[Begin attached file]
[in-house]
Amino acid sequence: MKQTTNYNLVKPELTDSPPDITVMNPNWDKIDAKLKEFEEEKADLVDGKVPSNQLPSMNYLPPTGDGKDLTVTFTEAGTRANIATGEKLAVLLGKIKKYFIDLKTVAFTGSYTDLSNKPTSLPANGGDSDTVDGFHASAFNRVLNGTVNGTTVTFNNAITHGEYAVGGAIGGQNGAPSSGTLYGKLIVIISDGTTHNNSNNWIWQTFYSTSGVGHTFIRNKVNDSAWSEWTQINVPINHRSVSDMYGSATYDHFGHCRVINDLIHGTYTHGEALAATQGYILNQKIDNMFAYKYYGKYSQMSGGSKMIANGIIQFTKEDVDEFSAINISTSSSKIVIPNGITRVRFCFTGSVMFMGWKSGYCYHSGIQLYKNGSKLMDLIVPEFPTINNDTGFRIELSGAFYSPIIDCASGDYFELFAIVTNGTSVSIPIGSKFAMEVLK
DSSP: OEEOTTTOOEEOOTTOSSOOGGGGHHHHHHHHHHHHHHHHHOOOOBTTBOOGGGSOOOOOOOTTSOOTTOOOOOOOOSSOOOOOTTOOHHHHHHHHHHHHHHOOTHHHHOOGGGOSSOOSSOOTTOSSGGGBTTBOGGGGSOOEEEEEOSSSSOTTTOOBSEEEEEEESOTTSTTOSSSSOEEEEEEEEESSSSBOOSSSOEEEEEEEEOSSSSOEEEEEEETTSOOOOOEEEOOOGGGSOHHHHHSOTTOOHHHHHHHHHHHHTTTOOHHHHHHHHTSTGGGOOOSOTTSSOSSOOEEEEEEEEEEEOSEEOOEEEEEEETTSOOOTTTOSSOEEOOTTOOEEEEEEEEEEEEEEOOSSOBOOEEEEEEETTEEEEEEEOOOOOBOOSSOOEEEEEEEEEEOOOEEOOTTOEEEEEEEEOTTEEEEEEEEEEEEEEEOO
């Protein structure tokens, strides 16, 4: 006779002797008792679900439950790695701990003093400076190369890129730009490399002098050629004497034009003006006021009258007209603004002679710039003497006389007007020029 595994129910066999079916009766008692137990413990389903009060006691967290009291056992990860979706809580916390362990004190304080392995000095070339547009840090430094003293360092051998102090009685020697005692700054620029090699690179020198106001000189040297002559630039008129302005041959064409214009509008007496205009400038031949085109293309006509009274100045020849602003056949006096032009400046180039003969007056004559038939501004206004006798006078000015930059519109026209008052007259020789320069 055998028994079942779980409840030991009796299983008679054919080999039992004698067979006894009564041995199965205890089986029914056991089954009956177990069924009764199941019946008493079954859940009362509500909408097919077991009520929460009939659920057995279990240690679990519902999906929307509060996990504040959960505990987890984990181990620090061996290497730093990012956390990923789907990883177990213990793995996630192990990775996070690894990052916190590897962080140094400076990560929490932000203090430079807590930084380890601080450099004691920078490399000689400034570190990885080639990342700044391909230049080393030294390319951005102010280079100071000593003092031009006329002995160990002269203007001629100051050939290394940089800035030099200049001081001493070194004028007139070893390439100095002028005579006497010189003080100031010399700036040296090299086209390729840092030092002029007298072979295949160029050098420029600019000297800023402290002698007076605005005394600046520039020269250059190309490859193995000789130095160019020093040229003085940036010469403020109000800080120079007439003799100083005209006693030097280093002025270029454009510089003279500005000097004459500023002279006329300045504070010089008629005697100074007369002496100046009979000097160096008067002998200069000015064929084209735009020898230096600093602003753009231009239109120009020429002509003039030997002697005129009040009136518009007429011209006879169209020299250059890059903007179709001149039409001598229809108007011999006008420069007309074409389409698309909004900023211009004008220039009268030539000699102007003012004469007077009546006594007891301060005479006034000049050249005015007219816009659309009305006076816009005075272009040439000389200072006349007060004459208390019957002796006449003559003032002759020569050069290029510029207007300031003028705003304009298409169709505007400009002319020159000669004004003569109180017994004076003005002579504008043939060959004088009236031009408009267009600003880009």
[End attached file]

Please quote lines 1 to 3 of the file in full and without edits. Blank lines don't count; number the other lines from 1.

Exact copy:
[in-house]
Amino acid sequence: MKQTTNYNLVKPELTDSPPDITVMNPNWDKIDAKLKEFEEEKADLVDGKVPSNQLPSMNYLPPTGDGKDLTVTFTEAGTRANIATGEKLAVLLGKIKKYFIDLKTVAFTGSYTDLSNKPTSLPANGGDSDTVDGFHASAFNRVLNGTVNGTTVTFNNAITHGEYAVGGAIGGQNGAPSSGTLYGKLIVIISDGTTHNNSNNWIWQTFYSTSGVGHTFIRNKVNDSAWSEWTQINVPINHRSVSDMYGSATYDHFGHCRVINDLIHGTYTHGEALAATQGYILNQKIDNMFAYKYYGKYSQMSGGSKMIANGIIQFTKEDVDEFSAINISTSSSKIVIPNGITRVRFCFTGSVMFMGWKSGYCYHSGIQLYKNGSKLMDLIVPEFPTINNDTGFRIELSGAFYSPIIDCASGDYFELFAIVTNGTSVSIPIGSKFAMEVLK
DSSP: OEEOTTTOOEEOOTTOSSOOGGGGHHHHHHHHHHHHHHHHHOOOOBTTBOOGGGSOOOOOOOTTSOOTTOOOOOOOOSSOOOOOTTOOHHHHHHHHHHHHHHOOTHHHHOOGGGOSSOOSSOOTTOSSGGGBTTBOGGGGSOOEEEEEOSSSSOTTTOOBSEEEEEEESOTTSTTOSSSSOEEEEEEEEESSSSBOOSSSOEEEEEEEEOSSSSOEEEEEEETTSOOOOOEEEOOOGGGSOHHHHHSOTTOOHHHHHHHHHHHHTTTOOHHHHHHHHTSTGGGOOOSOTTSSOSSOOEEEEEEEEEEEOSEEOOEEEEEEETTSOOOTTTOSSOEEOOTTOOEEEEEEEEEEEEEEOOSSOBOOEEEEEEETTEEEEEEEOOOOOBOOSSOOEEEEEEEEEEOOOEEOOTTOEEEEEEEEOTTEEEEEEEEEEEEEEEOO